Tuesday, September 23, 2008

The Shift

On October 3rd of last year, there was a shift. The ground underneath our feet in the Mt. Soledad area of La Jolla, CA literally shifted. The landslide that occurred that day disrupted many lives and caused homes to collapse. This was an extremely unfortunate event that left people feeling fearful of the very ground that we stand on.

Thinking back on this event, it seems as though it was a precursor to what was about to occur in the real estate market.

Change is inevitable. You have all heard that the one constant in life is change. What goes up must come down. Over the past 40 years, we have seen the real estate market change 4 times. It is interesting how the changes even occurred consistently and predictably. So why you ask - were so many people shocked when the market shifted this last time? It is almost as though people forget. They get real estate amnesia and block out the bad times and only focus on the good. They don’t want to see an ending of their new found wealth so they deny the possibility of a down turn. Now that we have arrived at that dark place that no man would go before, we must face the reality and learn from what has occurred so we are better equipped to handle the next one…and yes, there will be a next one.

Let’s explore the history of the real estate market, dating back to the old days of the early 1970s, well before my parents even though about my conception. Interest rates shot up from 7.5% to 10% and the unemployment rate rose to 9%. Times were tough, even worse than today but we recovered.

In the early1980s, the price of oil rose significantly, inflation was high and unemployment was over 10%. It is hard to believe, but my parents were thrilled that they locked in their loan at an interest rate of only 17%. Good times. But a few years later everything was back to normal.

The 1987 to 1991 downturn was a tough one too, but sure enough we all know that we recovered. Back then I am sure that not many would predict the unprecedented increase in housing prices over the next 15 years. Home prices rose over 200% in San Diego from 2001 to 2005 when the bubble finally burst.

There were many causes of the latest downfall with the primary factors being:

1. Weak lending standards and a lot of sub prime lending.

2. Exorbitant supply with 2005 being the year of the most homes every built in a one year timeframe.

3. Affordability. Income growth could not keep up with the increase housing prices so affordability was drastically affected.

When a shift happens, unfortunately many people suffer and experience the loss of their investments and even primary residence. They are electing to short sell their home in which their lender will agree to accept less than the amount the homeowner owes. They may choose to renegotiate their loan to make their payments more affordable so they can keep their home. Or they simply let it go into foreclosure where they bank repossess the property. These are all unfortunate circumstances but the truth is…another’s loss is someone else’s gain. There are vast amounts of opportunity for people right now in the marketplace. First time homebuyers have never had it so good, move up buyers wanting to purchase a nicer home and investors have an incredible amount of inventory to choose from, negotiating power and low interest rates. Now is the time that smart, savvy investors are scooping up property because they are able to disregard the fear and emotional aspects of buying and are able to see the bigger picture. Warren Buffett says that “The time to get interested is when no one else is. You can't buy what is popular and do well.” These are the words of greatest investor of all time and I don’t know how you can argue with that.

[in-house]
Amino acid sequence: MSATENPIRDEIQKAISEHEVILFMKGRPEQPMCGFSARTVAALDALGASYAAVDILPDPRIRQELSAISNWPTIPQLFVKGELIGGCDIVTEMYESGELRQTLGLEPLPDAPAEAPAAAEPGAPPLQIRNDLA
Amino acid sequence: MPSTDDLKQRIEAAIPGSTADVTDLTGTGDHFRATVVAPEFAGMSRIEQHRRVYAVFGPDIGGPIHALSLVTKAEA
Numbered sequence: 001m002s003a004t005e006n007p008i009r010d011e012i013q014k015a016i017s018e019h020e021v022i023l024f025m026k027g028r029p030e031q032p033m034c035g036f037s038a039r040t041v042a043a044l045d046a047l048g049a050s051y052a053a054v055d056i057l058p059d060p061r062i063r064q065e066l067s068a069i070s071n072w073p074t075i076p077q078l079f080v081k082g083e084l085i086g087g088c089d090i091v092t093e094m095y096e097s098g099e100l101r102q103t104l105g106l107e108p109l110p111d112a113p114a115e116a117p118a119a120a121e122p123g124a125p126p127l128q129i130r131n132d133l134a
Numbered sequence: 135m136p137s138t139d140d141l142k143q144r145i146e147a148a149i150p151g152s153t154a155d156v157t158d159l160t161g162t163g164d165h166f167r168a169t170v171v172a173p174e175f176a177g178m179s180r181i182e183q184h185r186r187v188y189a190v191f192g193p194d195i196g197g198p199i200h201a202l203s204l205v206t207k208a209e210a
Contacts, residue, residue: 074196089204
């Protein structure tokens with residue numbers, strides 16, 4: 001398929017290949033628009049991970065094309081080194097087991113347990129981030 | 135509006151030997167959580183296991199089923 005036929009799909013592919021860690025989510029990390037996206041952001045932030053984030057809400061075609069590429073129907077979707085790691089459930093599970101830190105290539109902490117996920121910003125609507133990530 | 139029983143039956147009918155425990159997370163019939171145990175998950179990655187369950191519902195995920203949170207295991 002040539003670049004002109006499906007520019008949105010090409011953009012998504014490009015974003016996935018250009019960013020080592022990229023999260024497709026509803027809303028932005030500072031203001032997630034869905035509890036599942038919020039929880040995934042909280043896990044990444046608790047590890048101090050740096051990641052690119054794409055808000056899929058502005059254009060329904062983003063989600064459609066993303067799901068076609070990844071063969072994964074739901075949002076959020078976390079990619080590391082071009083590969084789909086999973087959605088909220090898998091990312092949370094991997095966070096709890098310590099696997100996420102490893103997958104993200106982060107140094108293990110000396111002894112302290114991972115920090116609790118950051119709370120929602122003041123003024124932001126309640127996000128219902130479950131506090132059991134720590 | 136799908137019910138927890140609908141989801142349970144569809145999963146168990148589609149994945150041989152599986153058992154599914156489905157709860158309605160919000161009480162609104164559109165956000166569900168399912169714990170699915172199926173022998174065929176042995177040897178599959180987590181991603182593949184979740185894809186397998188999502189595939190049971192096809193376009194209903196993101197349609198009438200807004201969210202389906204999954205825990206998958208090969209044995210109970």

At the bottom of the bear market in October 1974 a Forbes article interviewed Buffett. Buffett, for the first time in his life, made public prediction about the market.
"How do you feel? Forbes asked.

"Like an oversexed guy in a whorehouse. Now is the time to invest and get rich."

All jokes aside, it is apparent that we have experienced a shift, however what is not so obvious is when the actual bottom will occur. The hard truth is that the local market shifts are seldom slow and landings never soft. It is like a pendulum or a golf swing…beginning very slow but accelerating very quickly through the middle.

Once we hit rock bottom, we won’t know it until it is well behind us. Remember, it is not about timing the market, but the time you spend in the market. If you follow this strategy and invest wisely, you will be prepared to handle the next real estate landslide.

1 comment:

Walker said...

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